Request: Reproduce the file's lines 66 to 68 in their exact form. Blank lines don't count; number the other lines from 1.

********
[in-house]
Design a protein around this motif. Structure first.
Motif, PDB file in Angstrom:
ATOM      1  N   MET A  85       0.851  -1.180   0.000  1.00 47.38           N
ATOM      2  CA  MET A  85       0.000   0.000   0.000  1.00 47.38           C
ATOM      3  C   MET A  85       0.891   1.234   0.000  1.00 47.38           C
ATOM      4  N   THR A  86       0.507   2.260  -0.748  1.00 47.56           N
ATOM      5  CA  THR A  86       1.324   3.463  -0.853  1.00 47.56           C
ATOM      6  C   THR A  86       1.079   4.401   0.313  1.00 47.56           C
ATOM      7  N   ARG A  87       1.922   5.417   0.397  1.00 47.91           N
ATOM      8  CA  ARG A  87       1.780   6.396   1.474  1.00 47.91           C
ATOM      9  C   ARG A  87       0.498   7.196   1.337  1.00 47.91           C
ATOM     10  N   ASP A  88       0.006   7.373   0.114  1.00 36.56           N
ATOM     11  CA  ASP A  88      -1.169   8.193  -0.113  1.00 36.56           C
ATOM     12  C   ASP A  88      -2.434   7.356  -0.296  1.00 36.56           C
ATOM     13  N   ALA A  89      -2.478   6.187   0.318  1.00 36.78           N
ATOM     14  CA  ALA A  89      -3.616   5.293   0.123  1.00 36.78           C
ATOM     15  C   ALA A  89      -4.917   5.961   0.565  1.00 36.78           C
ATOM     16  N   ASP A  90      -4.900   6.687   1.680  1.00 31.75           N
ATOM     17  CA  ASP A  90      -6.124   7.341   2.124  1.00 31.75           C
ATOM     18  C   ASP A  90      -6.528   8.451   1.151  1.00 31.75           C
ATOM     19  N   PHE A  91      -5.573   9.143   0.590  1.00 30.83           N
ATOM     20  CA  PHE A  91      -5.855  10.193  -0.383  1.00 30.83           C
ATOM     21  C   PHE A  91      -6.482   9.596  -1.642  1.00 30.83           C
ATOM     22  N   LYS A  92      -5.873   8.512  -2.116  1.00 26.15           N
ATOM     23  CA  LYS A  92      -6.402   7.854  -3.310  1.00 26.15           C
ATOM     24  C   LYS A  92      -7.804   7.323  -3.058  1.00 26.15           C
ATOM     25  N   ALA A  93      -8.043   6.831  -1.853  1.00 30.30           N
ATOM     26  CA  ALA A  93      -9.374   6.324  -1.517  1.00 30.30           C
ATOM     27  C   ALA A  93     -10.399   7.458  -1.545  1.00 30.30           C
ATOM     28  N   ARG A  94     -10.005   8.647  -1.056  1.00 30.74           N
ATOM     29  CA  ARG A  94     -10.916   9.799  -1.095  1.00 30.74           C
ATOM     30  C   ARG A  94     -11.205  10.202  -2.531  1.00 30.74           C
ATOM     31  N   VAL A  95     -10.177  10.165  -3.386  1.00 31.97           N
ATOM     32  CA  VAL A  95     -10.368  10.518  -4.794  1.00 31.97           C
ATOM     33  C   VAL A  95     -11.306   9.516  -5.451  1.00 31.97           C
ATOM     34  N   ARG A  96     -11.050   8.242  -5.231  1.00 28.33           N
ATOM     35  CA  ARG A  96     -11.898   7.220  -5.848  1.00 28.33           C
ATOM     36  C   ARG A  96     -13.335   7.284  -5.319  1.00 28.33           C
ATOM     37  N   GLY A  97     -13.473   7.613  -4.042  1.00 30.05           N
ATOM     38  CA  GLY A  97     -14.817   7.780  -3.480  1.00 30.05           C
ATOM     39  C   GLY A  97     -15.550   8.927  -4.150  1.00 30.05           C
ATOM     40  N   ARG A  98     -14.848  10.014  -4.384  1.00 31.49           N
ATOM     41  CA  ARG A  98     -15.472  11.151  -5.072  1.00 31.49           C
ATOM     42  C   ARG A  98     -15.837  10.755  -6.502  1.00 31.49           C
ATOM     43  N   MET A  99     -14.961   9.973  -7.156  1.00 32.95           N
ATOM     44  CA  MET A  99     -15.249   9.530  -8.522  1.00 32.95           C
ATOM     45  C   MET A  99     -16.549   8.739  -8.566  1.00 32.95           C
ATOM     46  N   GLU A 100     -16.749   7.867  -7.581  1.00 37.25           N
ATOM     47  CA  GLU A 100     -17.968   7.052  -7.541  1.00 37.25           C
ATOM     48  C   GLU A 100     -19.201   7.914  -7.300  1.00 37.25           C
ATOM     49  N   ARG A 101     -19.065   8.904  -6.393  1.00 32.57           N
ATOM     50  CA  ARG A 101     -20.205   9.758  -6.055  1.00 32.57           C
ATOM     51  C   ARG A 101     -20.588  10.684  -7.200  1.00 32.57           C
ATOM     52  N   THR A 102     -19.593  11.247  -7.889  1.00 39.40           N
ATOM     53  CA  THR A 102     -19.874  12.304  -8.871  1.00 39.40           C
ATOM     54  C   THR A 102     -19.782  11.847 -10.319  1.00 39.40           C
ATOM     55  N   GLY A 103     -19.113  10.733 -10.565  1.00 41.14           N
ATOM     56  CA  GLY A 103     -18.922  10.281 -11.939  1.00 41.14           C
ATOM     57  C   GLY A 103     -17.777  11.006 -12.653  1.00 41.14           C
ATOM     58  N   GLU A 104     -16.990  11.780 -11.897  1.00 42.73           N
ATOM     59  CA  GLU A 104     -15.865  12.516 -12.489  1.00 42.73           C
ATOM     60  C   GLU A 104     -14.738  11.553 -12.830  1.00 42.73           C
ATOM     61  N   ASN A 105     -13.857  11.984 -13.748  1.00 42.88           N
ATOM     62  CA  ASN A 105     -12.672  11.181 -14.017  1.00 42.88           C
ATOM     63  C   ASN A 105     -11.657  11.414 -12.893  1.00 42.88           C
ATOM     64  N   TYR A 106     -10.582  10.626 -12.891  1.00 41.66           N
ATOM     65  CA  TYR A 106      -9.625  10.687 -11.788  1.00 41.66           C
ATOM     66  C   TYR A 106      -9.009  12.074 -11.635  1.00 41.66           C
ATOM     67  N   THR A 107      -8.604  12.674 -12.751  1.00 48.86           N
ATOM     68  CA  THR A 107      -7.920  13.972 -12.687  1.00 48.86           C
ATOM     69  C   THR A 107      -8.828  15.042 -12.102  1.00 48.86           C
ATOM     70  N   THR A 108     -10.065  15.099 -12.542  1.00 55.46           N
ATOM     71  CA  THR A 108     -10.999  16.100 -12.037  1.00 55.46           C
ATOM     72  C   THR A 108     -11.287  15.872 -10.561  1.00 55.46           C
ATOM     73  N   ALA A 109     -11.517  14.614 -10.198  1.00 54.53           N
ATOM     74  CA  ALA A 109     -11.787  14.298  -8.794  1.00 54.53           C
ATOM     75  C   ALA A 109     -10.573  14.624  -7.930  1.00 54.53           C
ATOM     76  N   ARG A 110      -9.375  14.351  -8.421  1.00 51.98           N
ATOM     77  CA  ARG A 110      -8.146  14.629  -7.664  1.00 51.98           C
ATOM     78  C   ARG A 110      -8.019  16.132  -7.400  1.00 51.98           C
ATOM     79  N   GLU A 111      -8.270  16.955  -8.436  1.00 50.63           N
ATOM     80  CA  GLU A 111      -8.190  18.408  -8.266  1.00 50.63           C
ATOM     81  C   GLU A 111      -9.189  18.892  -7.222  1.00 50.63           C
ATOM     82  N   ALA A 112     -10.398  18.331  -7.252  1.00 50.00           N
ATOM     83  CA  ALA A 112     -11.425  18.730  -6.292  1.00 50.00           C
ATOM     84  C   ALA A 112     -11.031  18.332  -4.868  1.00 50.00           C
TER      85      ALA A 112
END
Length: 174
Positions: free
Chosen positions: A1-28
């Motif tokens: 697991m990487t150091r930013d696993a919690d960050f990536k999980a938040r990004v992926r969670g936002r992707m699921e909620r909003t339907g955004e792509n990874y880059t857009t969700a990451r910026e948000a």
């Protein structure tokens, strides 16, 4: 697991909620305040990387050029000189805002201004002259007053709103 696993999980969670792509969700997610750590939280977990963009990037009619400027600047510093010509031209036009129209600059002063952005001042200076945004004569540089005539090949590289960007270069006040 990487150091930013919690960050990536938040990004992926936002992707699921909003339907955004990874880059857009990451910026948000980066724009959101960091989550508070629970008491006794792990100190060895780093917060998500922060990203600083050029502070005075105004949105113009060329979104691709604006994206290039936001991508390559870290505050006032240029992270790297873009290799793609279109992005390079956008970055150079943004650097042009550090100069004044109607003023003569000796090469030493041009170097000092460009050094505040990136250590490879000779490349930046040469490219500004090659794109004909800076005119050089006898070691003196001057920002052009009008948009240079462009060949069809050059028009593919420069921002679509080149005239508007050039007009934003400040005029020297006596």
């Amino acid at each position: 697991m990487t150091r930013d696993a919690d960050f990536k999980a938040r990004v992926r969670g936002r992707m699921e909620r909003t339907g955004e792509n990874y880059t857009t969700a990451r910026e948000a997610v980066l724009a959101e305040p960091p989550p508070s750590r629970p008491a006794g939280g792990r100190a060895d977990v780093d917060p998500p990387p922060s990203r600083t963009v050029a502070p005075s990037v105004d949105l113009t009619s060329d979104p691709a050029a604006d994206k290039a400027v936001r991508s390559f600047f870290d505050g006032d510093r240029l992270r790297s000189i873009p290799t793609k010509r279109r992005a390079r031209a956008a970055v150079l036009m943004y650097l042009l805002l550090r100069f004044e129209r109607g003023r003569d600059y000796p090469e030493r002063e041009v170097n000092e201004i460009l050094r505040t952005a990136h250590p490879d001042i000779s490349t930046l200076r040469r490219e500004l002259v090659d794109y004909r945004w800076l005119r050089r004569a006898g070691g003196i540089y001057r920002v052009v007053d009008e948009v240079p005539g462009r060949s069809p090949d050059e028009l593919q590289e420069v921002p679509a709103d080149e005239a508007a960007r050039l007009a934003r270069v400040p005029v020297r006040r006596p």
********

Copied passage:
ATOM     63  C   ASN A 105     -11.657  11.414 -12.893  1.00 42.88           C
ATOM     64  N   TYR A 106     -10.582  10.626 -12.891  1.00 41.66           N
ATOM     65  CA  TYR A 106      -9.625  10.687 -11.788  1.00 41.66           C